A growing criticism of MBA programmes in recent years has been their focus on the logistical side of business (strategy, finance, operations) rather than the interpersonal or emotional intelligence elements. This is a criticism that can be applied to many leadership development programmes too.
The focus on developing leaders’ ability to build relationships and communicate well tends to falter once they are past their first role as a team leader or their early days as a middle manager. Those programmes that do include some element of communication or interpersonal skills tend to cover this at such a high level or in so short a time that leaders have little opportunity to achieve any level of meaningful development.
And yet research evidence shows that the more senior your role as a leader, the more critical your communication skills become, and that the large majority of managers handle more difficult conversations badly or even avoid them altogether.*
But why so little focus on building the advanced communication skills that senior businesspeople need to ensure not only their own success, but that of the people they lead? Do we assume senior leaders have naturally developed these critical skills by the time they reach this level in the hierarchy? Do leaders themselves not recognise the need to keep developing in this area, or is it seen as less important than skill in thinking strategically or having financial nous? Is there simply not time to do so?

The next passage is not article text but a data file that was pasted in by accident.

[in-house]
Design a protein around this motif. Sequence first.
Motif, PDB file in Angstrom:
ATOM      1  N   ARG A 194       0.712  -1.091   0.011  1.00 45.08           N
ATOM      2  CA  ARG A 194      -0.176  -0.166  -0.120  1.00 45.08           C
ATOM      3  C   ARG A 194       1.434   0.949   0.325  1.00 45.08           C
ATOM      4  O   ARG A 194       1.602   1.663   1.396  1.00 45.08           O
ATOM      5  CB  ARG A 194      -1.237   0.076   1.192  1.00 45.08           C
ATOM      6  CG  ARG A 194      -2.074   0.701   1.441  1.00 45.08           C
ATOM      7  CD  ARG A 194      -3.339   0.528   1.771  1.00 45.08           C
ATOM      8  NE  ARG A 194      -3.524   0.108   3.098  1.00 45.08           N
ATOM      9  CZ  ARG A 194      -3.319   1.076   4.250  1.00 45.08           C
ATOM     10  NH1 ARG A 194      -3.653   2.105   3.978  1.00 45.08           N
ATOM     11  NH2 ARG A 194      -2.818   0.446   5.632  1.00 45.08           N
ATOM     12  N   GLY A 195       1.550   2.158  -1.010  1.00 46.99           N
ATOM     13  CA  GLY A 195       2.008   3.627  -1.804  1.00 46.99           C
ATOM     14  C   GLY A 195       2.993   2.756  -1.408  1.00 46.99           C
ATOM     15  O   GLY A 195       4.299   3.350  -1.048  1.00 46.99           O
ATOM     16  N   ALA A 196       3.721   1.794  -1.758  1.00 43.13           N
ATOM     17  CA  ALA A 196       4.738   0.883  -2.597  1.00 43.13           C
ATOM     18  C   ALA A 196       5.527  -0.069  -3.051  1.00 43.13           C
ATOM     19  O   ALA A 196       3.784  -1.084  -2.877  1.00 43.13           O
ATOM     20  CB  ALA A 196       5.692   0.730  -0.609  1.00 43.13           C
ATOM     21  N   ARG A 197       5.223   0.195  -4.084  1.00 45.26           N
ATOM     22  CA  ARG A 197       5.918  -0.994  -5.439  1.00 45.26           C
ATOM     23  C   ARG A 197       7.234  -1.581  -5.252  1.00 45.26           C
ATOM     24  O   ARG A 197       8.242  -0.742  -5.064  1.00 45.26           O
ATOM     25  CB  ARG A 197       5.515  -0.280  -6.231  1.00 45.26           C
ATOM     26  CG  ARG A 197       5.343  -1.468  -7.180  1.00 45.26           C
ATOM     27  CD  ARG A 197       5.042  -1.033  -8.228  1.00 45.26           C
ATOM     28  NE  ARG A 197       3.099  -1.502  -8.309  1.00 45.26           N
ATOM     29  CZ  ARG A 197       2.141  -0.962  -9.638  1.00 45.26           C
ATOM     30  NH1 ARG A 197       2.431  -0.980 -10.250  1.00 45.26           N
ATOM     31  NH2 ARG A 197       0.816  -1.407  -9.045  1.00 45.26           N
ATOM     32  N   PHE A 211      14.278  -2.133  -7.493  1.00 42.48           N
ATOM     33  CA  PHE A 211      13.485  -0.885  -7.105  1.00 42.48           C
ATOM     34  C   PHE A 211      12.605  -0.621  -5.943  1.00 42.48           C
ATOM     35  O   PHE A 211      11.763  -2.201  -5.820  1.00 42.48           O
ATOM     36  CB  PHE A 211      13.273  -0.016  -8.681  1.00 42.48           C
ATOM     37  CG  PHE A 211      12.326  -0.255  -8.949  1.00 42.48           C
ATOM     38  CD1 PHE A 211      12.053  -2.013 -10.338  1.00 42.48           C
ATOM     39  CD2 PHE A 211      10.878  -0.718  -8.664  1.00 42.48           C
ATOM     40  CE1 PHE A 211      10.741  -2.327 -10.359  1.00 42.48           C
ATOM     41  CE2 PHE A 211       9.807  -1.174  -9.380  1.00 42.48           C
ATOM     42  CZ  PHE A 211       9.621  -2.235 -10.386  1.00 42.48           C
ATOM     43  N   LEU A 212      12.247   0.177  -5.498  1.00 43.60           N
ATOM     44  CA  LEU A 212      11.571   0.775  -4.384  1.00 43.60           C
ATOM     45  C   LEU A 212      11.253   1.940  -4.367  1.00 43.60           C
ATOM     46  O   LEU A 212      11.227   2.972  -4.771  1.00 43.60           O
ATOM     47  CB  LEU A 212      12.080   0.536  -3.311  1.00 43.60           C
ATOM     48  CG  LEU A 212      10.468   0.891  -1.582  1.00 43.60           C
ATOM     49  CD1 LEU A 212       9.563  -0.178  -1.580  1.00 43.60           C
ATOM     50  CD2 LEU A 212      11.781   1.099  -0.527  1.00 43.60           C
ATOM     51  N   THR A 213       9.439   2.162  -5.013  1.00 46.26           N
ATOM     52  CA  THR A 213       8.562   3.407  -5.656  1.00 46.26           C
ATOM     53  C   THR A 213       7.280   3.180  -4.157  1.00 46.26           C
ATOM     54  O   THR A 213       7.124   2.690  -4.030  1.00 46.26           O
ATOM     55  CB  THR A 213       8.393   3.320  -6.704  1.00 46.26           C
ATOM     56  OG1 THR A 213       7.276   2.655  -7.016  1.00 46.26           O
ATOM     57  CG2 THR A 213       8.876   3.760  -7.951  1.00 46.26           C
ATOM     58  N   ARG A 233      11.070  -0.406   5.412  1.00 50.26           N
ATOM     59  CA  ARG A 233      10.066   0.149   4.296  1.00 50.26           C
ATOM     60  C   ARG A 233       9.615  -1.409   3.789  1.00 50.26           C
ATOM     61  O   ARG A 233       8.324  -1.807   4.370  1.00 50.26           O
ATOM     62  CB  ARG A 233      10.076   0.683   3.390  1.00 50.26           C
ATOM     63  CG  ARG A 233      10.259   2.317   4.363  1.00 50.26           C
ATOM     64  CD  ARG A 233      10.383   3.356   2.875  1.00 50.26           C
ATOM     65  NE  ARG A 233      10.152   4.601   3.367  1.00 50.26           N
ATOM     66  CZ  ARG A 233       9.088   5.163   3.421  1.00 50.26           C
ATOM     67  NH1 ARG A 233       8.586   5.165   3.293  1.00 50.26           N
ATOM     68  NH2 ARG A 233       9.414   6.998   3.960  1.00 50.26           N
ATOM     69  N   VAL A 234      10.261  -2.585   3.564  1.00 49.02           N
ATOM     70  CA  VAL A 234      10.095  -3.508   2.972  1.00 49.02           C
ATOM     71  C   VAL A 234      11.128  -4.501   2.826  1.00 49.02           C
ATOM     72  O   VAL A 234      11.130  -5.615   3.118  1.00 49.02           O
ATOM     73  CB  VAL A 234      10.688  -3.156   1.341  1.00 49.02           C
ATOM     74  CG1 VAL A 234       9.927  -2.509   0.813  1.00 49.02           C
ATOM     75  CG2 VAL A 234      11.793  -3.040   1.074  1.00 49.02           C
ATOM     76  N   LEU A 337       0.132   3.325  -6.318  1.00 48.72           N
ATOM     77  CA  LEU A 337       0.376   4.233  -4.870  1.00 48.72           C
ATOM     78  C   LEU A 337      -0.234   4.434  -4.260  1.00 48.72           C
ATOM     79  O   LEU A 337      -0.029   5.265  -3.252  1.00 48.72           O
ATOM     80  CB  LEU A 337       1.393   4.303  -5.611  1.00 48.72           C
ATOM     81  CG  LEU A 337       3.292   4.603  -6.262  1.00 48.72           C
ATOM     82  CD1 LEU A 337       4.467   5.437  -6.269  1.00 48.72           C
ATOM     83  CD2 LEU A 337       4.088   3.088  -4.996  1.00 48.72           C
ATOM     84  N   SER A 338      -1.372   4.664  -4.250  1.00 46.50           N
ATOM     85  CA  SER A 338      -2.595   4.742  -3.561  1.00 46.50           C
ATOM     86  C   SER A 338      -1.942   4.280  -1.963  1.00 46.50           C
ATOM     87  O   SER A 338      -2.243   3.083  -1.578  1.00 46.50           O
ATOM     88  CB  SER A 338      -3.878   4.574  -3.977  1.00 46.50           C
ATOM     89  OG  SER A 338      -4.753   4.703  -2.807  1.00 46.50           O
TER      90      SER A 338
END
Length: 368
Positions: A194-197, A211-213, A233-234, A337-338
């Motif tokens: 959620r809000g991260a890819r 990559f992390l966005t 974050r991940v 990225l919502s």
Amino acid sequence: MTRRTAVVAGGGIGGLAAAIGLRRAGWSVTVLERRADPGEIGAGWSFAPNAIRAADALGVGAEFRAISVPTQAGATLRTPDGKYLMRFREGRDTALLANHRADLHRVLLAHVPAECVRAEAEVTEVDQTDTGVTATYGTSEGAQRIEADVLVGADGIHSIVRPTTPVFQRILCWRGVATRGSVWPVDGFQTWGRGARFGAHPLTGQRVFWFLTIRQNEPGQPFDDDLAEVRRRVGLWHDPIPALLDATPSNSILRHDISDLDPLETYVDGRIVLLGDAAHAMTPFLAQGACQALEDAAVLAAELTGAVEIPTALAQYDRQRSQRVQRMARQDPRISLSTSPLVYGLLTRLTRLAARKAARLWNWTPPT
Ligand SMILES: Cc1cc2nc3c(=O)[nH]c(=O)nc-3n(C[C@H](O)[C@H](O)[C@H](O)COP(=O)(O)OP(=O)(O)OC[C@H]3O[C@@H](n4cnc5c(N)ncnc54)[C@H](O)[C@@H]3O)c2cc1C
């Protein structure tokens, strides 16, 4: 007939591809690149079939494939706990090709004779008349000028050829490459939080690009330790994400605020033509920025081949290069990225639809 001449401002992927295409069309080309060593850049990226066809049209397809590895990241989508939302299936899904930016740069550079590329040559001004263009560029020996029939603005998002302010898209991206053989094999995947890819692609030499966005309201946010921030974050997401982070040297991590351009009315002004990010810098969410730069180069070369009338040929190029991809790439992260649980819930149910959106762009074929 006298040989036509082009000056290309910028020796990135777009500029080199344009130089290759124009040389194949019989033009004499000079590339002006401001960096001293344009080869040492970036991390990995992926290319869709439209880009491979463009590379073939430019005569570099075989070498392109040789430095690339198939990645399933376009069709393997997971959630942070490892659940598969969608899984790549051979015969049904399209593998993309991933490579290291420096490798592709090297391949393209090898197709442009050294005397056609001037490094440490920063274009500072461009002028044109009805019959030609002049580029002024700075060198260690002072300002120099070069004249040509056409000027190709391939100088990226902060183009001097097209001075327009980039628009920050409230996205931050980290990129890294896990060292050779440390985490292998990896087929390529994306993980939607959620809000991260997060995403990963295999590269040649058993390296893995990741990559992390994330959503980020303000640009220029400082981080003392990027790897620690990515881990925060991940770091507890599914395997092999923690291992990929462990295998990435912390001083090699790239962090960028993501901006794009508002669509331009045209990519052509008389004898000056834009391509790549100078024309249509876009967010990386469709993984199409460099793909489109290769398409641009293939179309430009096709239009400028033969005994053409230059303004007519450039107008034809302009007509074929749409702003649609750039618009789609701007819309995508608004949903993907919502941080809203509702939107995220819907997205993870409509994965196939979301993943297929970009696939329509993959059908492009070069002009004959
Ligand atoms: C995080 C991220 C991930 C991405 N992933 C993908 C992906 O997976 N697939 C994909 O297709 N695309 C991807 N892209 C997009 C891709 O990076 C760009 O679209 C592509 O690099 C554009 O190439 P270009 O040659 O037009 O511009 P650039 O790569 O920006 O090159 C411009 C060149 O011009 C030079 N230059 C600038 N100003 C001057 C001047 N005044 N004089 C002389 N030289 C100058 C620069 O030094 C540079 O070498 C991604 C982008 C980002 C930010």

What do you think is the cause? Or do you work in an organisation where there is meaningful and sustained commitment to leaders developing this critical skillset?
*Source: Performance Coaching International, Coaching at Work, 2008
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